May 31, 2015 § Leave a comment
In December 2013 when conflict broke out in the Central African Republic, France swooped in to “save the day” by sending soldiers to its former colony. Just over a month ago, a UN report was leaked detailing sexual abuse of children in the CAR by the very same French troops.
The report detailed the rape and sodomy of starving and homeless young boys by French peacekeeping troops who were supposed to be protecting them at a center for internally displaced people in the capital Bangui. The boys, some of whom were orphans, were sexually exploited in return for small amounts of food, water and money. In one case, a 9-year-old boy described being sexually abused with his friend by two French soldiers when they went to a checkpoint to look for something to eat. The soldiers forced him and his friend to carry out a sex act. The child was so distressed after the assault that he fled the camp in terror .
Harrowing stuff. But just as worrying were the various responses to the report from the UN, French authorities and the mainstream media.
The United Nations responded to sexual abuse by its peacekeepers by suspending the senior UN aid worker who chose to disclose the report to French prosecutors, after the UN’s failure to stop the abuse.
The response by the UN shouldn’t come as a surprise. When it comes to sexual abuse by its peacekeeping forces, the UN has previously been known to embark on witch hunts against whistle-blowers; politicize the issue despite its urgency; and display an appalling disregard for victims.
Ignore, deny, dissemble and cover up is the UN’s instinctive response to sexual violence in its ranks, as demonstrated by its past failure to act over pedophile rings operating in the Democratic Republic of Congo, and allegations of sexual misconduct by its troops in Burundi, Liberia and Haiti.
The pervasive culture of impunity that prevails at the UN should raise serious doubts as to its credibility in managing world affairs.
Many media outlets chose to portray this sexual exploitation of African children by peacekeeping forces as a “sex-for-food scandal”. This is nothing new. The media similarly covered as “sex for food” stories past incidents of peacekeeper child sexual abuse in Guinea, Liberia and Sierra Leone (2002); the Democratic Republic of Congo (2004); Liberia (2006); and the Ivory Coast (2011).
Yet children cannot legally, let alone morally, consent to sex. When an adult has sex with a child, this is rape not “sex”. For the media to describe it as “sex for food” implies that the soldiers were merely compensating locals with food for transactional sex, rather than acknowledging what they were truly doing to vulnerable children.
The ultimate danger of such antiseptic reporting is that it will deny the victims the necessary attention, indignation and outrage that could generate public interest, mobilize activists and institutions and ultimately bring about positive change. The only beneficiaries of such downplayed media coverage are the UN and French authorities, whose ongoing policies get to proceed more easily without interference due to concern over their politically inconvenient victims.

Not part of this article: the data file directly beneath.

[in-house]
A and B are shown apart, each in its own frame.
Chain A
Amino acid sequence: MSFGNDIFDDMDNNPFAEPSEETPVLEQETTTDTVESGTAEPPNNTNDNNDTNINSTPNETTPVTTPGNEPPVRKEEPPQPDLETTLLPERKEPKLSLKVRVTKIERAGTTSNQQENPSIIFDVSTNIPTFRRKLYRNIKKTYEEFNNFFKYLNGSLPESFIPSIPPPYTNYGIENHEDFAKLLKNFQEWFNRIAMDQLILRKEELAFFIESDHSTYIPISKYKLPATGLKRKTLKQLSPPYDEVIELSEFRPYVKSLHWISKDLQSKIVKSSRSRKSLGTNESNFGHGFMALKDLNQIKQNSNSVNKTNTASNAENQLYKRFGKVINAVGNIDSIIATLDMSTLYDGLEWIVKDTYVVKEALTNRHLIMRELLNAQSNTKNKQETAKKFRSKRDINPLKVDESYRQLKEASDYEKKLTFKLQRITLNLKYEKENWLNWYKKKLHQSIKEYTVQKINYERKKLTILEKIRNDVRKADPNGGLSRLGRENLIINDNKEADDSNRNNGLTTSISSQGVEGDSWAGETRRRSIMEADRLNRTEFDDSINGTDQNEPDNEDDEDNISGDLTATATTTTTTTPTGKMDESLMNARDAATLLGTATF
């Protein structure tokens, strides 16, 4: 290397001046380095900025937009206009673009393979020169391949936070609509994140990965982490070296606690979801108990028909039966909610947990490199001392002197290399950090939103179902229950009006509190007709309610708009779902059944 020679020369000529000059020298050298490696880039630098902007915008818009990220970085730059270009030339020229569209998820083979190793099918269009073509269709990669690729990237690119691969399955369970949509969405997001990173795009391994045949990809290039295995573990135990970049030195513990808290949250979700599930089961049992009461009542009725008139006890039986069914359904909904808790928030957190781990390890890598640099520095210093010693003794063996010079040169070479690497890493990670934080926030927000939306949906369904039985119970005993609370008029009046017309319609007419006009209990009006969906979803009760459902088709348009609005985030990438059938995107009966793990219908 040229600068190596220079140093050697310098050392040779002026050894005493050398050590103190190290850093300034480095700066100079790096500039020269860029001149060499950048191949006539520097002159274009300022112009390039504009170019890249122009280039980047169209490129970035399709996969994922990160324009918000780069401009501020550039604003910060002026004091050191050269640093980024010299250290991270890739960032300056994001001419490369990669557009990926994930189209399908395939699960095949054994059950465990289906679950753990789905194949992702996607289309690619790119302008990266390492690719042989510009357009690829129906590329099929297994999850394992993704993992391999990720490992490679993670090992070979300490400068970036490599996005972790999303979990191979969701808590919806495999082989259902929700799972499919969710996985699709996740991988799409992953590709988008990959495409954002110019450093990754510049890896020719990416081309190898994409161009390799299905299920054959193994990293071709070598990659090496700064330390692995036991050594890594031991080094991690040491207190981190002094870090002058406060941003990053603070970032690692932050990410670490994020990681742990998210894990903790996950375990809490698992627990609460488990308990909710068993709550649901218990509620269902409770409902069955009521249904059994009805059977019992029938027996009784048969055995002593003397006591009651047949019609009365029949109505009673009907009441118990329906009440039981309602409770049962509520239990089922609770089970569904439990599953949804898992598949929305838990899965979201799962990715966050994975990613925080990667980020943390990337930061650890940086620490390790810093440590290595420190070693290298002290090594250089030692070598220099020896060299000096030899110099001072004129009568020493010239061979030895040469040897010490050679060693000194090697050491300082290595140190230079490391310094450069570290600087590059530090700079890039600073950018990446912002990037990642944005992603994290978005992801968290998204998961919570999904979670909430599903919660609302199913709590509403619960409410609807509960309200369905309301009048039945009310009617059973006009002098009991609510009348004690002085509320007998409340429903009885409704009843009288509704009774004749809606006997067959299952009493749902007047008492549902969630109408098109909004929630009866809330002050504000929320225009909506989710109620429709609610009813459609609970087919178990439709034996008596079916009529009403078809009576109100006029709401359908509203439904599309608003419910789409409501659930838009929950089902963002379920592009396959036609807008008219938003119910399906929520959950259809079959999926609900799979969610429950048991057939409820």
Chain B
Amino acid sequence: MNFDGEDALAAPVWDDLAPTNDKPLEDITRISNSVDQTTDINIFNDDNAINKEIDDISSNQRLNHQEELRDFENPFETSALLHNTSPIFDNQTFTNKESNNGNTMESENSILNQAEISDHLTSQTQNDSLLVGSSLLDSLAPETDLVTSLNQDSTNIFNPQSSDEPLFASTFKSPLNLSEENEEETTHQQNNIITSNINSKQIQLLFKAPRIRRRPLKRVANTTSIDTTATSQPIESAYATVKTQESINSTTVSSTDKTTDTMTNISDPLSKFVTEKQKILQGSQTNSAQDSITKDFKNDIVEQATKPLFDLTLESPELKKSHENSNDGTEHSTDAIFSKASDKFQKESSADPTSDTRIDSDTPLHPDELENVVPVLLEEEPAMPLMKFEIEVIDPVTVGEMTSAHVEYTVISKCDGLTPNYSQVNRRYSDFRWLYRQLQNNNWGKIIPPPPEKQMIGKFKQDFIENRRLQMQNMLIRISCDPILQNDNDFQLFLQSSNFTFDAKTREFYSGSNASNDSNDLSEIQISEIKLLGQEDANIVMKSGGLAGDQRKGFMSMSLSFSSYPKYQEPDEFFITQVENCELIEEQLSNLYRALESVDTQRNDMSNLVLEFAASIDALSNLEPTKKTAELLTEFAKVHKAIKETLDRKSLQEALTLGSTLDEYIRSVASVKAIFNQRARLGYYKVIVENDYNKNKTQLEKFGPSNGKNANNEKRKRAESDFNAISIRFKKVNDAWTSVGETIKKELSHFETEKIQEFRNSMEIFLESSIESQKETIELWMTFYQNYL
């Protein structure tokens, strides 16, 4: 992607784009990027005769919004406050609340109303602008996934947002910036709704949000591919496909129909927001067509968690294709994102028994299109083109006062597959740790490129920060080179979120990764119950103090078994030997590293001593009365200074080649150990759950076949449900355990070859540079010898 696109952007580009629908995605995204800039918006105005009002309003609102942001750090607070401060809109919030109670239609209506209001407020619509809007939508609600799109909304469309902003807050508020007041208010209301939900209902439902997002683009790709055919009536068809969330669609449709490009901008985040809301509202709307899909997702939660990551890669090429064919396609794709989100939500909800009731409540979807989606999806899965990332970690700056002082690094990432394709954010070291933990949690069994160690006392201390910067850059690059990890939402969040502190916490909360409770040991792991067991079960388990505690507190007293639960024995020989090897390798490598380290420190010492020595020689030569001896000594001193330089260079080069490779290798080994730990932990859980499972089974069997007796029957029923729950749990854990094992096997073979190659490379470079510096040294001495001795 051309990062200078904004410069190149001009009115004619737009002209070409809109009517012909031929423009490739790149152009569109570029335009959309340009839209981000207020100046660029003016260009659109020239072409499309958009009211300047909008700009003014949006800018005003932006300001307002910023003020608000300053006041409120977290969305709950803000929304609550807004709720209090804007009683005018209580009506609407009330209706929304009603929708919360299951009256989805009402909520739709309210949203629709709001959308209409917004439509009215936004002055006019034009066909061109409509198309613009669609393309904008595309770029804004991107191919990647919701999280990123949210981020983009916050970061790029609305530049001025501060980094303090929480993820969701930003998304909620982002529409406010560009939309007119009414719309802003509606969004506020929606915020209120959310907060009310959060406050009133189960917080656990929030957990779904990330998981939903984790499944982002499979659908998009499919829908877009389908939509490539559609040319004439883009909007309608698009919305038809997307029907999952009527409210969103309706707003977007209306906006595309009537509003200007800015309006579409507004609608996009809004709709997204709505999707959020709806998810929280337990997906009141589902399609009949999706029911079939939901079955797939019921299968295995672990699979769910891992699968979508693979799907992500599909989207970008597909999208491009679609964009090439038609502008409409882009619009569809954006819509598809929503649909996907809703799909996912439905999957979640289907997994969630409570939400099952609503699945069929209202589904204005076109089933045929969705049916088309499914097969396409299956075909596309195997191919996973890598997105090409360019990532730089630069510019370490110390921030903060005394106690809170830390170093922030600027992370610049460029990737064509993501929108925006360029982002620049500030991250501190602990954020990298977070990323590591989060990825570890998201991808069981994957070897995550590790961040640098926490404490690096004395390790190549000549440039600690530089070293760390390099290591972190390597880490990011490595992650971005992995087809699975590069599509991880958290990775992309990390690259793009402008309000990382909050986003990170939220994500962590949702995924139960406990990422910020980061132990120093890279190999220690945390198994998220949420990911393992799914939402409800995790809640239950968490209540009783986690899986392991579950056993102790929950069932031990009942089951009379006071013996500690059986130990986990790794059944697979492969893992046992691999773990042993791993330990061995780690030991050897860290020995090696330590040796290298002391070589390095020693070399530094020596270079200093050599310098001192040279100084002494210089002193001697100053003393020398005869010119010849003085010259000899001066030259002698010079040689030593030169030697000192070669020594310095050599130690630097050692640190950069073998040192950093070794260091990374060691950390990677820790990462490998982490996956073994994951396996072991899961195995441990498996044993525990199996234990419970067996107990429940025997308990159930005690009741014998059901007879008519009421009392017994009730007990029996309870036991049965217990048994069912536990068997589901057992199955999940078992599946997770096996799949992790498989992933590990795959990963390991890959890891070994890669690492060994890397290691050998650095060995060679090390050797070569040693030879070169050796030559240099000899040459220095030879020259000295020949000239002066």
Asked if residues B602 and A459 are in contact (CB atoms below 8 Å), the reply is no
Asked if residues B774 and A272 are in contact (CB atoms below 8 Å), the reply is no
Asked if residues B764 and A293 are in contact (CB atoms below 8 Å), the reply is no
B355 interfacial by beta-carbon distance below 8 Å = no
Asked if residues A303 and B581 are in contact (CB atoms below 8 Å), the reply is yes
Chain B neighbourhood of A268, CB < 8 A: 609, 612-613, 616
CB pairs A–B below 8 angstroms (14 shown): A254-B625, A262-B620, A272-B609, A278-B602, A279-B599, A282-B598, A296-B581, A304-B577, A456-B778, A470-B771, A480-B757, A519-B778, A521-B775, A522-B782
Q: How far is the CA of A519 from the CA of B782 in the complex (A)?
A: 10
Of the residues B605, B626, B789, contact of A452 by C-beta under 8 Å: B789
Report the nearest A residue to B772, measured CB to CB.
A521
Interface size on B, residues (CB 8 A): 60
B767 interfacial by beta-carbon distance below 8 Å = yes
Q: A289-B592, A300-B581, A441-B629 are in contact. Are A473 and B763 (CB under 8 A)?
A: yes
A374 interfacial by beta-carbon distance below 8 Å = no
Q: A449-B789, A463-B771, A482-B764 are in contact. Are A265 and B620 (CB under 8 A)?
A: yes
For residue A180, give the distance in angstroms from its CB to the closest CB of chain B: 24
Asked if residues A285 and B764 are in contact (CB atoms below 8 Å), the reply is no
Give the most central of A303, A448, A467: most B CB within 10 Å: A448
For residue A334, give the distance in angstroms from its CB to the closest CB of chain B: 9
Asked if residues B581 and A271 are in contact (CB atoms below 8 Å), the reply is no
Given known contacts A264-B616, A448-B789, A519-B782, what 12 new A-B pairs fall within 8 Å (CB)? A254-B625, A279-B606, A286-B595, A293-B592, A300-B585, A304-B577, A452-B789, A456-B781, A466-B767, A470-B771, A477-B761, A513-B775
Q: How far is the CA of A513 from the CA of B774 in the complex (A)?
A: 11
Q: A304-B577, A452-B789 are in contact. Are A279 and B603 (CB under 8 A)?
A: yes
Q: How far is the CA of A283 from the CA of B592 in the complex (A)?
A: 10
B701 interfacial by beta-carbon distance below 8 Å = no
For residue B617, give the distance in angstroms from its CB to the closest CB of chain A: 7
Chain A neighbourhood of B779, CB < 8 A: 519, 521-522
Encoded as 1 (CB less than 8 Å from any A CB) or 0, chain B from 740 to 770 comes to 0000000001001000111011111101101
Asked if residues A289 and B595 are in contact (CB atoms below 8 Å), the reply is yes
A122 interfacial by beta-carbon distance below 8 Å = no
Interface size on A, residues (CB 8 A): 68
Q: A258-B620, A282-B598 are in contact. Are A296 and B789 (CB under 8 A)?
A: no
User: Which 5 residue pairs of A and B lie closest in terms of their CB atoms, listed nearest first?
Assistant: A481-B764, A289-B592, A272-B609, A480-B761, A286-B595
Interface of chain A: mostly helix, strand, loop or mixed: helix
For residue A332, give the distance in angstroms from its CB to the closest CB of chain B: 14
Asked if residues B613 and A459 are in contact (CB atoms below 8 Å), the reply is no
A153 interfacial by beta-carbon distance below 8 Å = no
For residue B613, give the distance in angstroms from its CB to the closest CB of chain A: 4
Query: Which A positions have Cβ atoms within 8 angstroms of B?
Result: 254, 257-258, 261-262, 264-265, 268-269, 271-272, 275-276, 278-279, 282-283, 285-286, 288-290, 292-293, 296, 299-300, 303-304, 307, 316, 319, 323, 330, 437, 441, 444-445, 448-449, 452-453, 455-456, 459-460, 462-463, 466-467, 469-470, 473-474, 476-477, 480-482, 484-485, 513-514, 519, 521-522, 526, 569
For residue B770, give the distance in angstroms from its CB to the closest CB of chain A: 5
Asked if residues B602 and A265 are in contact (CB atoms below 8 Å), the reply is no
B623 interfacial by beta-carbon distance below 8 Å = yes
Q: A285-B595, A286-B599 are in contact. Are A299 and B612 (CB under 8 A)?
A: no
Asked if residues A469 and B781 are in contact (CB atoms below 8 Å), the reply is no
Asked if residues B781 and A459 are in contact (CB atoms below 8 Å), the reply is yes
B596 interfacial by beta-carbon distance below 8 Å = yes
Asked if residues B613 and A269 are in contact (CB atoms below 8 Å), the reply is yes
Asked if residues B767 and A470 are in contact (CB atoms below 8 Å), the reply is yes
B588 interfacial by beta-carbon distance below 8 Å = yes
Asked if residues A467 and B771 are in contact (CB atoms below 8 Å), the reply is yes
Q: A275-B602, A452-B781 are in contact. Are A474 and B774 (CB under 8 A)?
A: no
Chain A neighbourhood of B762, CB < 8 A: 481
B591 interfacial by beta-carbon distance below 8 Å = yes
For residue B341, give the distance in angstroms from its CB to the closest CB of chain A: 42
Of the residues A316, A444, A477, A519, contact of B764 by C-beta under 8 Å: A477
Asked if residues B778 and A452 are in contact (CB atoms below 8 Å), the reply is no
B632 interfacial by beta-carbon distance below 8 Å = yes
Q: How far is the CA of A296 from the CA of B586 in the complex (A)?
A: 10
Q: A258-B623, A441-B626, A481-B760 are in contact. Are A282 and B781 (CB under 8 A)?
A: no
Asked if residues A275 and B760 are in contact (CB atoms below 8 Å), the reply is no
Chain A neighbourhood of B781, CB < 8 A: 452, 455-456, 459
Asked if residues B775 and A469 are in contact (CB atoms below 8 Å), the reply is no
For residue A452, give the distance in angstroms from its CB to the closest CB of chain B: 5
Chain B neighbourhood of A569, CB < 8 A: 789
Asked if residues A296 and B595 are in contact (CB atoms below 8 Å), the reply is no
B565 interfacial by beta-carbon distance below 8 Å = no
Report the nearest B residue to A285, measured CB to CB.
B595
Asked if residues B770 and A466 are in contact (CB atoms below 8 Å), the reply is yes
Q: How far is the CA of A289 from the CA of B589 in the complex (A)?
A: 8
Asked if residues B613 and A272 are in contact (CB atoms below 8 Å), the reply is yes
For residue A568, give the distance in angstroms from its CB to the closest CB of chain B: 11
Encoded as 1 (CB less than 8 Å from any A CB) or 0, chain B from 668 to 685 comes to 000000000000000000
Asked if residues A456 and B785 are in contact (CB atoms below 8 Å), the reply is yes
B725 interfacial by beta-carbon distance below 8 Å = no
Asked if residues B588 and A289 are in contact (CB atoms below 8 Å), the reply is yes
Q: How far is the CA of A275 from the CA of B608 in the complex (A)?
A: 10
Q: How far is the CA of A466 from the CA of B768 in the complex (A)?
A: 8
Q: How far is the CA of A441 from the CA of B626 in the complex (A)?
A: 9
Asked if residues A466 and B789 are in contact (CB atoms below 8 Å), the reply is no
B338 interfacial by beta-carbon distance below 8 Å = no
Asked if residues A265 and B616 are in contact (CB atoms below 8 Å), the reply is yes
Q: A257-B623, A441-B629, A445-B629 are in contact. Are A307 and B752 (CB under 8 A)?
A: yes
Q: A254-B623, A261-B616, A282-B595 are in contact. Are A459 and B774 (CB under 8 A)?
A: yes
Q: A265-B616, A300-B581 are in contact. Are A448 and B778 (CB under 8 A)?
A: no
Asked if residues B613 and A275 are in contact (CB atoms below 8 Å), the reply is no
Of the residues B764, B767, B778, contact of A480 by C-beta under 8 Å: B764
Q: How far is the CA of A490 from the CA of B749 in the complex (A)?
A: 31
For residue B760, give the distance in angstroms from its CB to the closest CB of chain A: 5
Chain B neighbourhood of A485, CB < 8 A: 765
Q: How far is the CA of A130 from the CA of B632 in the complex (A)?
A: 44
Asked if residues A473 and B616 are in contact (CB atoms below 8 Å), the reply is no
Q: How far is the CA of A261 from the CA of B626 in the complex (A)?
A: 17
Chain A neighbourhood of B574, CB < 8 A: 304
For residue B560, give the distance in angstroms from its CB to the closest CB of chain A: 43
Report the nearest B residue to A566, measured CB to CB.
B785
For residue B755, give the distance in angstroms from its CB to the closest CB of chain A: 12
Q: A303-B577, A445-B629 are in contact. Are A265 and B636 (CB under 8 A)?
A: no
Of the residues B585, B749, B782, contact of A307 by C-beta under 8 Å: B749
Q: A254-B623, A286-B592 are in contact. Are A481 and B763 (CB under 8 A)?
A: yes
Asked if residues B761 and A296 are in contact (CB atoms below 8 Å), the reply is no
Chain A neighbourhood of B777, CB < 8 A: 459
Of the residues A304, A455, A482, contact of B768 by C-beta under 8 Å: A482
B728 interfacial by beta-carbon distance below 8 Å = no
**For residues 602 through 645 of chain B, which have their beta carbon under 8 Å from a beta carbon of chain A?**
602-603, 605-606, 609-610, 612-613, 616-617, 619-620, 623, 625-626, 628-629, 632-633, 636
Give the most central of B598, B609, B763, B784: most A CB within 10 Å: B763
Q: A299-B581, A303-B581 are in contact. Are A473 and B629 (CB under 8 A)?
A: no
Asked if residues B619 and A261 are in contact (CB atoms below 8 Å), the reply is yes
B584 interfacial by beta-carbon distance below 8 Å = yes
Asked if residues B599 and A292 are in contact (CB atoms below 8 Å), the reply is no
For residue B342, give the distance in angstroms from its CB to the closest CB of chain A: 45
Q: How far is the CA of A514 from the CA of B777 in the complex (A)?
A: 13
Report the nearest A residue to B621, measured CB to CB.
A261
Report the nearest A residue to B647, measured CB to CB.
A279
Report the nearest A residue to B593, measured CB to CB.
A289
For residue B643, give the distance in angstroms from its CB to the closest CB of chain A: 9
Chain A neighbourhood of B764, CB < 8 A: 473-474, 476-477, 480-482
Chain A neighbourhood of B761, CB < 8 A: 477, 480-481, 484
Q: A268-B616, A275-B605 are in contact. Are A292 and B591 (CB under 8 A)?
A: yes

The media must refrain from attempts at minimizing the gravity of sexual abuse crimes. When peacekeepers force African children to perform sex acts for food, or for any other reason, this should be covered by the media as a “child rape scandal”.
French Government Response
In response to the scandal, the French defense ministry issued a statement which read in part that:
“If the facts are proven, the strongest penalties will be imposed on those responsible for what would be an intolerable attack on soldiers’ values.”
The French government would have us believe that the perpetrators of these heinous crimes against children were merely bad apples, when in fact they were exhibiting the toxic values and ideals of militarism that are encouraged and rewarded in militarized cultures. To become a soldier you must unlearn consent and empathy. You need to dehumanize in order to kill – which is what ALL militaries everywhere train their soldiers to do.
The French soldiers showed no empathy towards the starving boys desperate for food. They instead exploited victims who could not consent to sex, dehumanizing them before and during the rape. The French soldiers were doing exactly what they were trained to do.
When the story of sexual abuse in the CAR first broke out, many around the world expressed their shock that peacekeepers would “take advantage of desperate people they were supposed to be protecting.” However, the fact that sexual abuse by peacekeepers has happened many times before, points to the existence of a pattern that begs to be looked into. It’s time to stop treating peacekeeper sexual abuse as anomalies or random, isolated occurrences, and begin to recognize the deeper issues at play. Until we begin to address the root causes of such incidents, this will happen again, and soon.